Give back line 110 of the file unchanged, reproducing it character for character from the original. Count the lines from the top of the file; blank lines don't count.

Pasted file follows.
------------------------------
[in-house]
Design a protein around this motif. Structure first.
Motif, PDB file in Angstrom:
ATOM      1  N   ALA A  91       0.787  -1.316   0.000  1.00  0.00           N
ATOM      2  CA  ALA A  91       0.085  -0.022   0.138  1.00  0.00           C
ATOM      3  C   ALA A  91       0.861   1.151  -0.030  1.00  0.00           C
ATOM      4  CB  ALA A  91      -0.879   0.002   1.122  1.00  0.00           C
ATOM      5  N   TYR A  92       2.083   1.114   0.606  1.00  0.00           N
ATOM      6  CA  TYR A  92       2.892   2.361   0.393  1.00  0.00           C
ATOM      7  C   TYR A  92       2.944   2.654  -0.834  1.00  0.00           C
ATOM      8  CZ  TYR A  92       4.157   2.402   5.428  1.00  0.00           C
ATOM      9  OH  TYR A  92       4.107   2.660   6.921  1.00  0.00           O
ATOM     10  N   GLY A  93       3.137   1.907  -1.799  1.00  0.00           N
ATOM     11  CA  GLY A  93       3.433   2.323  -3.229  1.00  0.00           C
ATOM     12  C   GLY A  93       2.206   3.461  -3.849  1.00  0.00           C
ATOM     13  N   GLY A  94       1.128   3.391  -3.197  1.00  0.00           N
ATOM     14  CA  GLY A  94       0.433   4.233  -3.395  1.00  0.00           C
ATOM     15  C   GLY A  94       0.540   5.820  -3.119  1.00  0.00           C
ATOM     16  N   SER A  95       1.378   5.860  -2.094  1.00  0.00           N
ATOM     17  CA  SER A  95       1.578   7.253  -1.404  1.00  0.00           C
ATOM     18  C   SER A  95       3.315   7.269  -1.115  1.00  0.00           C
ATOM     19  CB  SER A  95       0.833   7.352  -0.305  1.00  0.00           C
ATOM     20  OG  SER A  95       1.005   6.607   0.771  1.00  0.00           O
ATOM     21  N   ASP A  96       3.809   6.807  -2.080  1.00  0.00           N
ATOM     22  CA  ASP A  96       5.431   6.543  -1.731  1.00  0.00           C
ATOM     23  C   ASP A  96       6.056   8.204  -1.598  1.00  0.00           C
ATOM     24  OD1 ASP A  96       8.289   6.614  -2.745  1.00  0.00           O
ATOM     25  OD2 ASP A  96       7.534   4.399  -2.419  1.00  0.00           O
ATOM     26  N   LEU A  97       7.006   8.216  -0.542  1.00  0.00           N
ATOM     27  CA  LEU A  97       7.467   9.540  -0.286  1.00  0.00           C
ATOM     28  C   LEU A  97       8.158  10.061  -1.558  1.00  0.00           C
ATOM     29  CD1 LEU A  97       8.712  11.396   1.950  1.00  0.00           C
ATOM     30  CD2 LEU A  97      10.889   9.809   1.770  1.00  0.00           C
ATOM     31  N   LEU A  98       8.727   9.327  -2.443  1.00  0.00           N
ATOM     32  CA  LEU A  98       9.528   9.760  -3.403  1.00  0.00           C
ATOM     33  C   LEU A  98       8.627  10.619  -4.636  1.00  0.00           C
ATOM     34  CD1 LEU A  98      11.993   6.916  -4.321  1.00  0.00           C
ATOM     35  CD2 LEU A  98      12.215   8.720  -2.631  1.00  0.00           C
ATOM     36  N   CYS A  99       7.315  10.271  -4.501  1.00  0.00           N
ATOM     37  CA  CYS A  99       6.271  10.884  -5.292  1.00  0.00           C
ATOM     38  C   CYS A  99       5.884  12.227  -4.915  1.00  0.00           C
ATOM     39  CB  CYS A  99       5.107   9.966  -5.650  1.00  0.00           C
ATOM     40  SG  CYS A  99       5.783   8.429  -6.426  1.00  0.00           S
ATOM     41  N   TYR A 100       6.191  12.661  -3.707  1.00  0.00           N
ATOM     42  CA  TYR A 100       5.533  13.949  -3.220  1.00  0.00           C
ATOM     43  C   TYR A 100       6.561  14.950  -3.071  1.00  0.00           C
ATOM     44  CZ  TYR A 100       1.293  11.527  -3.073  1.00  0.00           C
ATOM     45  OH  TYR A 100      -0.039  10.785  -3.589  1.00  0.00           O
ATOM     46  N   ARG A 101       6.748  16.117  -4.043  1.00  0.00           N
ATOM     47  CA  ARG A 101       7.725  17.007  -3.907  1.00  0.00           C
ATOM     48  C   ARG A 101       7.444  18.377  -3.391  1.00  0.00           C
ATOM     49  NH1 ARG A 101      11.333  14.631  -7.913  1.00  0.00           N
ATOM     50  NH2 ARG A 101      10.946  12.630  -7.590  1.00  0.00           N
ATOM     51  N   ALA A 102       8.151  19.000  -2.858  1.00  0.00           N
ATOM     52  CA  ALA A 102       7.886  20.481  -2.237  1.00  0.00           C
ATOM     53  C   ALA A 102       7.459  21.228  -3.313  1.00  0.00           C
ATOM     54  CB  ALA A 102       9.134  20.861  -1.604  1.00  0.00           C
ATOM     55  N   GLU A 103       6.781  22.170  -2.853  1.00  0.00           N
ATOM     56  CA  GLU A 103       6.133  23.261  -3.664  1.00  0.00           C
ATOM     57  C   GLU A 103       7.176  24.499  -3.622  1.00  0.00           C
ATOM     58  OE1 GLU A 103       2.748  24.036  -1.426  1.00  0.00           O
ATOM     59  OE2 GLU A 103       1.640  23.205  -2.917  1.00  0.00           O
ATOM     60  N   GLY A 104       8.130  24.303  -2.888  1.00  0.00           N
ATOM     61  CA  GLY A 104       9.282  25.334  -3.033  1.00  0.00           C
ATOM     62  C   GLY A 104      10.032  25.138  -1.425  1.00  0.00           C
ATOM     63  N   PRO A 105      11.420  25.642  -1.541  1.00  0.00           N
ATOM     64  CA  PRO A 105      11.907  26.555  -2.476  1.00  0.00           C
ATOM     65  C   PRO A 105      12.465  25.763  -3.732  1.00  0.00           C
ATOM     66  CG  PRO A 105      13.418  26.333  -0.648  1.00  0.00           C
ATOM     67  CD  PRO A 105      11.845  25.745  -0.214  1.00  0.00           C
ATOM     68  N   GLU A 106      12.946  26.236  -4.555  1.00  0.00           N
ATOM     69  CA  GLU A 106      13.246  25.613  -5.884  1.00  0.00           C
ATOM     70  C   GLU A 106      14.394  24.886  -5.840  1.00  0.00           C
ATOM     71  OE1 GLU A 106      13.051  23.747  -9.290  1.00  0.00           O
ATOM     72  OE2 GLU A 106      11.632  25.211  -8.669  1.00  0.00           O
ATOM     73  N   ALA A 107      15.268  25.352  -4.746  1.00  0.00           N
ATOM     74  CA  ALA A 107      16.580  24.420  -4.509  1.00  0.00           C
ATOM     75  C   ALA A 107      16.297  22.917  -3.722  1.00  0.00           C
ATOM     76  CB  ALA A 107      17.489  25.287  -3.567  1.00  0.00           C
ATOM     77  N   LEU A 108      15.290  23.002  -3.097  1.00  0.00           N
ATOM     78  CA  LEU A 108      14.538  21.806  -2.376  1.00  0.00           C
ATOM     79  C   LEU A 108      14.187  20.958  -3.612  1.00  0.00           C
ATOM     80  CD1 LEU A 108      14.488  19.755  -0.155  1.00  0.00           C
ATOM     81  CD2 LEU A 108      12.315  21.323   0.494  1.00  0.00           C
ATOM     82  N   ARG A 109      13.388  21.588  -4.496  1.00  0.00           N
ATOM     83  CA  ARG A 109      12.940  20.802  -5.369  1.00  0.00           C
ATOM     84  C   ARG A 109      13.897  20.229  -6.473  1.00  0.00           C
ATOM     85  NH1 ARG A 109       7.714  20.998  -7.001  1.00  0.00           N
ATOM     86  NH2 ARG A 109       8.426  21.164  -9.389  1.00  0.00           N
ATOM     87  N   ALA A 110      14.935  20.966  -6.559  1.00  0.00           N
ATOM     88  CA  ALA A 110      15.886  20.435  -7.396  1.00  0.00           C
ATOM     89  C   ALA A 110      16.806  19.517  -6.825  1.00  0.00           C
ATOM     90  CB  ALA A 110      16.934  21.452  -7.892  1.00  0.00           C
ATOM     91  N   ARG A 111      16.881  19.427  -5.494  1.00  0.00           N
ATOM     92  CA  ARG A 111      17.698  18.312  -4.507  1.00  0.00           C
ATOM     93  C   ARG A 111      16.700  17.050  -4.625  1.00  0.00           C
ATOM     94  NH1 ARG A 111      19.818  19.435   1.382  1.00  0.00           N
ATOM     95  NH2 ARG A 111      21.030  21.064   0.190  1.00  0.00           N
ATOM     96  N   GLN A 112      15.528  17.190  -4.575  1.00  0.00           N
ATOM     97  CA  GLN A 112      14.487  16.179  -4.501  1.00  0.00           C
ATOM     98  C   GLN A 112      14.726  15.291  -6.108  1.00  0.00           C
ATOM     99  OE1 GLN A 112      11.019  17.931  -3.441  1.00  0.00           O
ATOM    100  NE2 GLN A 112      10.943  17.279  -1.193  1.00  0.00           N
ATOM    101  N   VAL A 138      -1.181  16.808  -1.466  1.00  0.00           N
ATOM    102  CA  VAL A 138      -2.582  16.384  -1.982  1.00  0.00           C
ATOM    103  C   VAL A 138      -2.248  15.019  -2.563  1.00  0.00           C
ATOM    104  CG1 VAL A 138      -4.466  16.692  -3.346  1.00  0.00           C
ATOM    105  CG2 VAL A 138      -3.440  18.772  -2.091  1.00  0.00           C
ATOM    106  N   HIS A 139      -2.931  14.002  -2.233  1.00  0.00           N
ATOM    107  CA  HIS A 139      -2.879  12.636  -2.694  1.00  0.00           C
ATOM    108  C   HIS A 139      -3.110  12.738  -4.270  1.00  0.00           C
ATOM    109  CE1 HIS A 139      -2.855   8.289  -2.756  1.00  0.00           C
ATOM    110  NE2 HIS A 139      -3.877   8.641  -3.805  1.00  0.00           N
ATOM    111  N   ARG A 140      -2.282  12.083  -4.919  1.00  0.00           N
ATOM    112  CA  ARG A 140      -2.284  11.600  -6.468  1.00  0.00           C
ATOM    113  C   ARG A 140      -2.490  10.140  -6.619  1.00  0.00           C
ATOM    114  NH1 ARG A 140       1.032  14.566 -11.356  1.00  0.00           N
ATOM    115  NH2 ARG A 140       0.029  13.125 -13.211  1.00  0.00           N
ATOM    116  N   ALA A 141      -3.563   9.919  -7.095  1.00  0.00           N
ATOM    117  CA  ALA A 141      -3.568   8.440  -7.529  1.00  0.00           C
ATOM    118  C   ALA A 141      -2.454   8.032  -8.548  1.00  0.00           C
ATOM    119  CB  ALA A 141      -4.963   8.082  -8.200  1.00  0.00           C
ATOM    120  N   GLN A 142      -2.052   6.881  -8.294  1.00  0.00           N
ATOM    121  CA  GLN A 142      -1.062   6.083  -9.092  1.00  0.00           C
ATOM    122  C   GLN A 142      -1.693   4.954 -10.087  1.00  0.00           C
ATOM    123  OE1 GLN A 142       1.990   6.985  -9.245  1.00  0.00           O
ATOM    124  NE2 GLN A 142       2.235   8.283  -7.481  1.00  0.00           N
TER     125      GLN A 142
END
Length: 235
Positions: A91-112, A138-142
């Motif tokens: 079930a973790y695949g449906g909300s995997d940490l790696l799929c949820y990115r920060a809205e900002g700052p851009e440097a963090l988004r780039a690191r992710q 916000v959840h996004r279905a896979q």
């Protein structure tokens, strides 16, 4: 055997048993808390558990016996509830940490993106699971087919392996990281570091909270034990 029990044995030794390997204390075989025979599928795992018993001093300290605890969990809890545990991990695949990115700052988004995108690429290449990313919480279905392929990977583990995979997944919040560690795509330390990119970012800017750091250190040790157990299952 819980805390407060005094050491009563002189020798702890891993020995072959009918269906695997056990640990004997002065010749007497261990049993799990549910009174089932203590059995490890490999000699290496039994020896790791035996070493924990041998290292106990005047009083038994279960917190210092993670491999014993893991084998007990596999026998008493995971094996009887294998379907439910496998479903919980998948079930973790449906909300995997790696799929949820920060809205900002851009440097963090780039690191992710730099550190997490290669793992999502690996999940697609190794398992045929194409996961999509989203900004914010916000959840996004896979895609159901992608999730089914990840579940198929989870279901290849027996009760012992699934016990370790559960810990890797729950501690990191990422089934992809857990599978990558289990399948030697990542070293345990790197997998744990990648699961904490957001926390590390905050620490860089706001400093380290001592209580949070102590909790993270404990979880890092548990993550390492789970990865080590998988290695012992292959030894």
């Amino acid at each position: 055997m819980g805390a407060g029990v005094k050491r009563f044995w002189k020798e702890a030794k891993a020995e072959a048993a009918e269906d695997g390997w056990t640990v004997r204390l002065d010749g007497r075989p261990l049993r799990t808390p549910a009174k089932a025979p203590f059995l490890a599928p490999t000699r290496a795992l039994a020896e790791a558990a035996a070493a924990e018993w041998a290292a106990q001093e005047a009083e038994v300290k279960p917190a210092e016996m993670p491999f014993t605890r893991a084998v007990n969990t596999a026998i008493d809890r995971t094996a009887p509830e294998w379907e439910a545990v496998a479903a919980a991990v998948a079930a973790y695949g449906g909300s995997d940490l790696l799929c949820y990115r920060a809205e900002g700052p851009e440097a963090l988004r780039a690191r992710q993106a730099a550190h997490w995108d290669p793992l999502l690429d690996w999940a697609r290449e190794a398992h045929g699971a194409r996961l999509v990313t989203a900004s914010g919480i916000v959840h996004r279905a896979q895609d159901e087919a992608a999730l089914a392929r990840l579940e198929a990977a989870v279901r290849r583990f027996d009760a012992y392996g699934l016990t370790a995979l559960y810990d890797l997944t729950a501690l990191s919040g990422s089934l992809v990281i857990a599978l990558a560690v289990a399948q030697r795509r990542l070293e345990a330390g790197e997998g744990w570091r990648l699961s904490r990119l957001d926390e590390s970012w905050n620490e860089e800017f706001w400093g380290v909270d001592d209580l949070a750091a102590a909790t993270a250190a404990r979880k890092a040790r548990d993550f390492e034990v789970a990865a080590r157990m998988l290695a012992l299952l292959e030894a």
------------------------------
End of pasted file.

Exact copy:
ATOM    107  CA  HIS A 139      -2.879  12.636  -2.694  1.00  0.00           C